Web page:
MEGHAN STRATTON | EDITOR-IN-CHIEF | firstname.lastname@example.org
EDITOR’S NOTE: This is the second installment in a series of interviews with Butler University president James Danko. Each month, a new article will be published in an effort to promote transparency and accountability between students and administration. Collegian Editor-in-Chief Meghan Stratton sat down on Zoom with Butler President James Danko to discuss the details of Butler’s first week back on campus, along with what the university is doing to support anti-racism efforts.
The week of Aug. 17-23 was filled with change and uncertainty for Butler bulldogs; some students finished moving back to campus, while others opted to learn from home this semester. Nonetheless, the university announced that a spike in COVID-19 cases has led to the first two weeks of classes being conducted virtually.
Despite these challenges, Butler president James Danko described the students he’s interacted with as high energy and excited to be on campus.
“Very high energy, a lot of enthusiasm and excitement,” Danko said about campus.”It was great for me to interact with people — it really was such a good feeling after six or eight months.”
Danko also perceived the COVID-19 testing to have gone “extremely well,” considering the number of tests the university conducted. While there were varying wait times to get the required COVID-19 tests — up to a few hours — Danko said families were appreciative of the safety measures.
Procuring COVID-19 tests for the student body was a considerable outreach effort, as the tests suddenly were difficult to obtain, Danko said.
“The supply of tests across Indiana had quickly diminished, including a large supply used by the state,” Danko said. “And so we had to work pretty hard at a considerable expense overall to get that all in place, and we were very fortunate.”
However, not all went according to Butler’s health and safety plan. An email on Aug. 23 stated that classes would be moved remotely for the next two weeks due to a COVID-19 spike from 0.5% to 2%. Additionally, the email cited non-compliance with health and safety guidelines.
Danko acknowledged that the pandemic is a challenging mountain to overcome for everyone, and the health and safety restrictions go against typical human instincts to cluster — particularly after an abrupt end to the spring 2020 semester and an entire summer. Despite the difficulty, however, the president said he believes the students who held off-campus parties with approximately 20 people “knew they shouldn’t have done that.”
“I’m hearing that multiple people that were at those parties now have symptoms… ,” Danko said. “The big question is, ‘can you control those people that, no matter what, aren’t going to comply?’ If they would have complied, if they didn’t hold off campus parties, if there weren’t 20 people around somebody in particular, that had the virus, then we wouldn’t have had this problem.”
Danko said he thinks Butler has thought of all the risks and has done everything they can to mitigate them and ask for compliance. However, he acknowledged that the university can put out policies “until you’re blue in the face,” but never know how they’re going to play out in the real world.
Several students on Butler’s social media pages questioned the university’s motives for bringing students back to campus then switching to remote learning. Some even asserted this plan was only to collect room and board checks. The Collegian asked Danko what his response is to these comments.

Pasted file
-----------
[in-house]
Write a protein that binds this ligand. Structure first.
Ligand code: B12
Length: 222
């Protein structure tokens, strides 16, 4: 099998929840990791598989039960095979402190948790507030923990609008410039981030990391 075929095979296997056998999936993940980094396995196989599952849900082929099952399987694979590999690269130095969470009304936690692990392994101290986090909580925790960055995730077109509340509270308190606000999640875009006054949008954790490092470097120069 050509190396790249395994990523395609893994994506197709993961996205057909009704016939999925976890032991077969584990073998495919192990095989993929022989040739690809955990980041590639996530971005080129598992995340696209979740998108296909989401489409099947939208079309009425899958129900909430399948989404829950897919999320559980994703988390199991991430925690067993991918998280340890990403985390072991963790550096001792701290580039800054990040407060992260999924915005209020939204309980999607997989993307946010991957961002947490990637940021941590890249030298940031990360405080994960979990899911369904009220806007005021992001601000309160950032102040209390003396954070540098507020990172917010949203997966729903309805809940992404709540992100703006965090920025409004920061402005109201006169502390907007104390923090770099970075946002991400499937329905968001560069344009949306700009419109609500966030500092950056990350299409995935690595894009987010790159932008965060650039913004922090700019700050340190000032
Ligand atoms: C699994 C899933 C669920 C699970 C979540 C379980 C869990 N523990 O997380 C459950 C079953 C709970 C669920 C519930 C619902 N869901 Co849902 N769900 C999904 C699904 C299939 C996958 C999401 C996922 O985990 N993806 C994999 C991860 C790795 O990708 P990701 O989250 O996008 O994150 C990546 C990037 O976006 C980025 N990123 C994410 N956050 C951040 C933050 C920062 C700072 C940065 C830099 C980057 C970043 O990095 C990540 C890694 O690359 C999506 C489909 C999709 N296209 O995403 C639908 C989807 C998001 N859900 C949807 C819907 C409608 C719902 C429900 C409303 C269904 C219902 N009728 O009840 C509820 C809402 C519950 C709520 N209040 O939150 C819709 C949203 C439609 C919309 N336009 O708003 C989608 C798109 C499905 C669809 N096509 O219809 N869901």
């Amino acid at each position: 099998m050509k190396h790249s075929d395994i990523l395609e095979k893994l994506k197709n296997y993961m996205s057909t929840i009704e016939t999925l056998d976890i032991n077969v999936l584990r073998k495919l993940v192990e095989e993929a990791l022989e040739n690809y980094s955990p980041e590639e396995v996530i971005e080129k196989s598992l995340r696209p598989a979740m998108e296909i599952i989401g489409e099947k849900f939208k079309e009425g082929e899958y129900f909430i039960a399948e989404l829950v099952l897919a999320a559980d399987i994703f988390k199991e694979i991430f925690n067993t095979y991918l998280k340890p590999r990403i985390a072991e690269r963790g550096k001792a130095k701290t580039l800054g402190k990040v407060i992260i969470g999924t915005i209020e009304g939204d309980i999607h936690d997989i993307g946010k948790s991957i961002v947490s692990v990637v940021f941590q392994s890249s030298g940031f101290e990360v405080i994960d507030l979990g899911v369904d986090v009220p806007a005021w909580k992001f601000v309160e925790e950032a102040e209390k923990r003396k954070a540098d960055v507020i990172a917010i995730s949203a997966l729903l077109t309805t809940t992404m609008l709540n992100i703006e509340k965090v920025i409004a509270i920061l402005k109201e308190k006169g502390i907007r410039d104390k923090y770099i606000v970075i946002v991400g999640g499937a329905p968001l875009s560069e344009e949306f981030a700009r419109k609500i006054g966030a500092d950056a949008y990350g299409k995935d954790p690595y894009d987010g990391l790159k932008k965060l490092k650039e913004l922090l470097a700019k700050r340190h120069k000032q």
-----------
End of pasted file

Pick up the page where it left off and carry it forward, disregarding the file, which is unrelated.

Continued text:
“I think that’s just nonsense to believe that all we care about is the money,” Danko said. “People on this campus are legitimately concerned about the education of our students, and nobody is doing this for the money.”
Danko also attributed this thinking to being an easy sound bite that is part of a wider system of distrust in large institutions. He acknowledged that if anyone finds the Butler experience to be less than optimal, they can withdraw from the university and have their tuition refunded. Danko is looking into extending the tuition refund deadline until Sept. 15.
Though the pandemic is a pressing concern for all Butler community members, so too is the state of racial justice and equity nationwide. Danko asserted that Butler is doing its part to reflect and move forward through several anti-racism efforts.
Danko said he has received about 106 formal responses to his June call to action for university leaders to submit anti-racism plans. He has also appointed Terri Jett, professor of political science and special assistant to the provost for diversity and inclusivity, as a senior advisor to the president to help sort through and compile those proposals.
Additionally, Gina Forrest, director of diversity, equity and inclusion, will be educating the president’s cabinet and the board of trustees through anti-racism training, similar to the training faculty received earlier this academic year.
Danko also formed a committee tasked with a thorough review of BUPD’s role on campus. Danko said he thinks the questions surrounding the police are legitimate ones, and that this is an appropriate time for Butler to reassess its use of public safety. Danko created the task force made of faculty, staff, students and alumni that will seek to understand what BUPD is currently doing, and how those things could potentially be done better.
Antwain Hunter, associate professor of history and anthropology, and Michael Kaltenmark, director of community and government relations, will be leading the task force, which will provide recommendations directly to Danko.
The Butler Collegian will continue to follow and report on these topics.